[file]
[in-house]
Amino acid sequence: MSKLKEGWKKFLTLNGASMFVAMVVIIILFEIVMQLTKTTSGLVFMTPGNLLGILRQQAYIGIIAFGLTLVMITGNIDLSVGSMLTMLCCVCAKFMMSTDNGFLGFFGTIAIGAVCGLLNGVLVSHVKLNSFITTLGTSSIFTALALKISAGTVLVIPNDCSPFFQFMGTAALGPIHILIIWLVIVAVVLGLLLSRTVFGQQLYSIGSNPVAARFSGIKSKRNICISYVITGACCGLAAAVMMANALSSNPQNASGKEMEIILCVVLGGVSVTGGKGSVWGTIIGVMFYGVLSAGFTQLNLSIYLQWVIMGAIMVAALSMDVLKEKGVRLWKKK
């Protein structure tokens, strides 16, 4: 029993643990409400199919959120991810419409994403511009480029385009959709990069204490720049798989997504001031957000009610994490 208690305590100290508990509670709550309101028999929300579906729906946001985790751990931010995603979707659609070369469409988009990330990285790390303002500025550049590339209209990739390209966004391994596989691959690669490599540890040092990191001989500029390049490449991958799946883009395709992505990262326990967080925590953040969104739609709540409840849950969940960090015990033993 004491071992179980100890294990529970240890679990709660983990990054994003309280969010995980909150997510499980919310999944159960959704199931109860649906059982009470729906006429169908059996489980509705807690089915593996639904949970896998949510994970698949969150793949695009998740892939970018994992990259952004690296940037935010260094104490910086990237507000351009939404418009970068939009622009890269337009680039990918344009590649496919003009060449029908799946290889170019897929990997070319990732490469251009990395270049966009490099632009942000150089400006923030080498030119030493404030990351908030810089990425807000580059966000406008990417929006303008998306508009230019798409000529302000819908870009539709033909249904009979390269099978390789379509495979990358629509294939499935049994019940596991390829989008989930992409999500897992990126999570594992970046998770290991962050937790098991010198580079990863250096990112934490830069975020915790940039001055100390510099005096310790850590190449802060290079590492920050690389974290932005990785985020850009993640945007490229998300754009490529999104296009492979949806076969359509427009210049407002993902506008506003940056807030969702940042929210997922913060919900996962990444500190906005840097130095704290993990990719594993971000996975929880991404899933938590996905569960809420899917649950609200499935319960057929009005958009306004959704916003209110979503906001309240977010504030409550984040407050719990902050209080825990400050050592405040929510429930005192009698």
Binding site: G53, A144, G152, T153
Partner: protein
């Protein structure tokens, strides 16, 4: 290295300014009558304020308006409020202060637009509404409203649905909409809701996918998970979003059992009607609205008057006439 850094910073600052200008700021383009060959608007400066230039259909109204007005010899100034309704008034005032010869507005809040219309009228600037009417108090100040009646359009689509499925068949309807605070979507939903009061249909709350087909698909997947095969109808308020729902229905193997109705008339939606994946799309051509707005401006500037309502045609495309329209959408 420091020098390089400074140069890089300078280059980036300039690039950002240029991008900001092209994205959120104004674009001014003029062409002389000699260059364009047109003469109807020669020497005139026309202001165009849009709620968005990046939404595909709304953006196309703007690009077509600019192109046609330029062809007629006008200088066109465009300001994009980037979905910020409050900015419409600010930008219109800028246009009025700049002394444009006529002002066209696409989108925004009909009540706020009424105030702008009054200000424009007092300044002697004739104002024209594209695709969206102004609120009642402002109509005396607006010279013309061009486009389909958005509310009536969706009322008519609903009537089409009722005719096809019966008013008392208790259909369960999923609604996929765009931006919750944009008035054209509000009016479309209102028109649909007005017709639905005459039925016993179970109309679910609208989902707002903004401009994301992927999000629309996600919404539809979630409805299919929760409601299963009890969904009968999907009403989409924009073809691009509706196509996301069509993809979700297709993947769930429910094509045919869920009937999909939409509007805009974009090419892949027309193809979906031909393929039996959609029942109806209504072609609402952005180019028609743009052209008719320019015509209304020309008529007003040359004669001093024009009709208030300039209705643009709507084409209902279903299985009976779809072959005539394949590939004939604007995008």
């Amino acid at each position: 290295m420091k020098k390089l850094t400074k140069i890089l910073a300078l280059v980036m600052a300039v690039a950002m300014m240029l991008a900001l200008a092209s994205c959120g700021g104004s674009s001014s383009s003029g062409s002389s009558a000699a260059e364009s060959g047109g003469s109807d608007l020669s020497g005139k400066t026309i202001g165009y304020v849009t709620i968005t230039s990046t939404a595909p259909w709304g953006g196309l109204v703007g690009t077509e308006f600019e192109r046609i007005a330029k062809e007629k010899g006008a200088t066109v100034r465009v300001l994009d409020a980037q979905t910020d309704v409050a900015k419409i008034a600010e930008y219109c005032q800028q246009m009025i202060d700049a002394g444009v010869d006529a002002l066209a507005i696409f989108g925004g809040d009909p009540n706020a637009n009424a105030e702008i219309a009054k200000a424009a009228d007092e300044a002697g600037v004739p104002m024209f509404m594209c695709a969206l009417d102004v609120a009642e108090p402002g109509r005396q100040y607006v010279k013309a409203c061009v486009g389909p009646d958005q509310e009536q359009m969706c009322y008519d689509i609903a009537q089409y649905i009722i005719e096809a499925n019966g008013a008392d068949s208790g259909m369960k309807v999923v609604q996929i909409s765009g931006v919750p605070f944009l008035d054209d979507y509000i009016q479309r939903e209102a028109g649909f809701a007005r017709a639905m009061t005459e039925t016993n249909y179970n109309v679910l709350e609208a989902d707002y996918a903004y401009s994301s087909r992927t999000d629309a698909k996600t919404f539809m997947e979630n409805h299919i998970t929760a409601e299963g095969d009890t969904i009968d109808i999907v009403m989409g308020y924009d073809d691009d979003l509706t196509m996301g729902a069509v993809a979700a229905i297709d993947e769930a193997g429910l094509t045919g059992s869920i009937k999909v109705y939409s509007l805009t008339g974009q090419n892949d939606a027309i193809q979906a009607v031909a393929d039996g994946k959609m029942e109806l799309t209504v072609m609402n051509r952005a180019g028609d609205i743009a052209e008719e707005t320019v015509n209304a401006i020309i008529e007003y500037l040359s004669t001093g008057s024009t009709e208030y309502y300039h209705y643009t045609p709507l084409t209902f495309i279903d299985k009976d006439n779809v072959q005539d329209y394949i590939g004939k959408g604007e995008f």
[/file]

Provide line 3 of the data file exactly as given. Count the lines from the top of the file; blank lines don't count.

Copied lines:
């Protein structure tokens, strides 16, 4: 029993643990409400199919959120991810419409994403511009480029385009959709990069204490720049798989997504001031957000009610994490 208690305590100290508990509670709550309101028999929300579906729906946001985790751990931010995603979707659609070369469409988009990330990285790390303002500025550049590339209209990739390209966004391994596989691959690669490599540890040092990191001989500029390049490449991958799946883009395709992505990262326990967080925590953040969104739609709540409840849950969940960090015990033993 004491071992179980100890294990529970240890679990709660983990990054994003309280969010995980909150997510499980919310999944159960959704199931109860649906059982009470729906006429169908059996489980509705807690089915593996639904949970896998949510994970698949969150793949695009998740892939970018994992990259952004690296940037935010260094104490910086990237507000351009939404418009970068939009622009890269337009680039990918344009590649496919003009060449029908799946290889170019897929990997070319990732490469251009990395270049966009490099632009942000150089400006923030080498030119030493404030990351908030810089990425807000580059966000406008990417929006303008998306508009230019798409000529302000819908870009539709033909249904009979390269099978390789379509495979990358629509294939499935049994019940596991390829989008989930992409999500897992990126999570594992970046998770290991962050937790098991010198580079990863250096990112934490830069975020915790940039001055100390510099005096310790850590190449802060290079590492920050690389974290932005990785985020850009993640945007490229998300754009490529999104296009492979949806076969359509427009210049407002993902506008506003940056807030969702940042929210997922913060919900996962990444500190906005840097130095704290993990990719594993971000996975929880991404899933938590996905569960809420899917649950609200499935319960057929009005958009306004959704916003209110979503906001309240977010504030409550984040407050719990902050209080825990400050050592405040929510429930005192009698």